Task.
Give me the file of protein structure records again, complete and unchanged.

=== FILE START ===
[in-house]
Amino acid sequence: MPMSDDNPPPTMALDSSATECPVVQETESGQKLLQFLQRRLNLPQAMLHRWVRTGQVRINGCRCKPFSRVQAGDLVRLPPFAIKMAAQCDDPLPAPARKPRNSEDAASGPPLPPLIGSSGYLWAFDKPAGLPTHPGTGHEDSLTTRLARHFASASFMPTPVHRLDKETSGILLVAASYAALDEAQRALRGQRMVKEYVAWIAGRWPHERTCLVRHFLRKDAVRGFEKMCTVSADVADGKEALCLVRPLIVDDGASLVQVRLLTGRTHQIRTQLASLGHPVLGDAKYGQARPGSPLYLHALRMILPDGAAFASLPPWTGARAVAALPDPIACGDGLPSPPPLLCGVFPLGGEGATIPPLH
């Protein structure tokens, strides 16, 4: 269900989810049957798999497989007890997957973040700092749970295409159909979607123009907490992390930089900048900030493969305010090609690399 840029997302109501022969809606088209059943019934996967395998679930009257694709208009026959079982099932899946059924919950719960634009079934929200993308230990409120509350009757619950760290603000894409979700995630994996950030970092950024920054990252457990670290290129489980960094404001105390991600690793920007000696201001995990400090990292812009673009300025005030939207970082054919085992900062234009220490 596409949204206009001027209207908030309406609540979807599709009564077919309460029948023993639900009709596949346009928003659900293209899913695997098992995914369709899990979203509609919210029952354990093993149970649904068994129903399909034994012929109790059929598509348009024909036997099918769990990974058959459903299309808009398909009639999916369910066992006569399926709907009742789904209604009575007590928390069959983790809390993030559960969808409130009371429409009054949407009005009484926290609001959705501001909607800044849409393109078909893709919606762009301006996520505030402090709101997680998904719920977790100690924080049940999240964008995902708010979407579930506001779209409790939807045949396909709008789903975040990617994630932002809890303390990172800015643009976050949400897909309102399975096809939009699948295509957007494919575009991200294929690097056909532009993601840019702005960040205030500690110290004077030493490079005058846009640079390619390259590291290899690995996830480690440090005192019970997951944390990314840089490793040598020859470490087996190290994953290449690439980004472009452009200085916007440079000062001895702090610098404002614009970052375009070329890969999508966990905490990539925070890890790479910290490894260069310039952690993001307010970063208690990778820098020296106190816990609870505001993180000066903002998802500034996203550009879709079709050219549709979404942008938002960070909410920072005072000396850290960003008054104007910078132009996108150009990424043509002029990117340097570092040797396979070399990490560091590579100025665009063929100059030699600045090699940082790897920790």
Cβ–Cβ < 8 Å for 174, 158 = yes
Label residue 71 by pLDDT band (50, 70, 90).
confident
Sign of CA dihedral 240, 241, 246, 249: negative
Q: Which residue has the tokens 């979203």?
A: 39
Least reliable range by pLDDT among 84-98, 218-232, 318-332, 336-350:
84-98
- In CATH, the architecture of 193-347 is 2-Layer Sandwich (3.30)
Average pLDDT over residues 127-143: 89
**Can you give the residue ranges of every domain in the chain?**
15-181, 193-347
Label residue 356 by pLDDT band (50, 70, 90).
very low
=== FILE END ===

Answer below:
[in-house]
Amino acid sequence: MPMSDDNPPPTMALDSSATECPVVQETESGQKLLQFLQRRLNLPQAMLHRWVRTGQVRINGCRCKPFSRVQAGDLVRLPPFAIKMAAQCDDPLPAPARKPRNSEDAASGPPLPPLIGSSGYLWAFDKPAGLPTHPGTGHEDSLTTRLARHFASASFMPTPVHRLDKETSGILLVAASYAALDEAQRALRGQRMVKEYVAWIAGRWPHERTCLVRHFLRKDAVRGFEKMCTVSADVADGKEALCLVRPLIVDDGASLVQVRLLTGRTHQIRTQLASLGHPVLGDAKYGQARPGSPLYLHALRMILPDGAAFASLPPWTGARAVAALPDPIACGDGLPSPPPLLCGVFPLGGEGATIPPLH
């Protein structure tokens, strides 16, 4: 269900989810049957798999497989007890997957973040700092749970295409159909979607123009907490992390930089900048900030493969305010090609690399 840029997302109501022969809606088209059943019934996967395998679930009257694709208009026959079982099932899946059924919950719960634009079934929200993308230990409120509350009757619950760290603000894409979700995630994996950030970092950024920054990252457990670290290129489980960094404001105390991600690793920007000696201001995990400090990292812009673009300025005030939207970082054919085992900062234009220490 596409949204206009001027209207908030309406609540979807599709009564077919309460029948023993639900009709596949346009928003659900293209899913695997098992995914369709899990979203509609919210029952354990093993149970649904068994129903399909034994012929109790059929598509348009024909036997099918769990990974058959459903299309808009398909009639999916369910066992006569399926709907009742789904209604009575007590928390069959983790809390993030559960969808409130009371429409009054949407009005009484926290609001959705501001909607800044849409393109078909893709919606762009301006996520505030402090709101997680998904719920977790100690924080049940999240964008995902708010979407579930506001779209409790939807045949396909709008789903975040990617994630932002809890303390990172800015643009976050949400897909309102399975096809939009699948295509957007494919575009991200294929690097056909532009993601840019702005960040205030500690110290004077030493490079005058846009640079390619390259590291290899690995996830480690440090005192019970997951944390990314840089490793040598020859470490087996190290994953290449690439980004472009452009200085916007440079000062001895702090610098404002614009970052375009070329890969999508966990905490990539925070890890790479910290490894260069310039952690993001307010970063208690990778820098020296106190816990609870505001993180000066903002998802500034996203550009879709079709050219549709979404942008938002960070909410920072005072000396850290960003008054104007910078132009996108150009990424043509002029990117340097570092040797396979070399990490560091590579100025665009063929100059030699600045090699940082790897920790």
Cβ–Cβ < 8 Å for 174, 158 = yes
Label residue 71 by pLDDT band (50, 70, 90).
confident
Sign of CA dihedral 240, 241, 246, 249: negative
Q: Which residue has the tokens 């979203």?
A: 39
Least reliable range by pLDDT among 84-98, 218-232, 318-332, 336-350:
84-98
- In CATH, the architecture of 193-347 is 2-Layer Sandwich (3.30)
Average pLDDT over residues 127-143: 89
**Can you give the residue ranges of every domain in the chain?**
15-181, 193-347
Label residue 356 by pLDDT band (50, 70, 90).
very low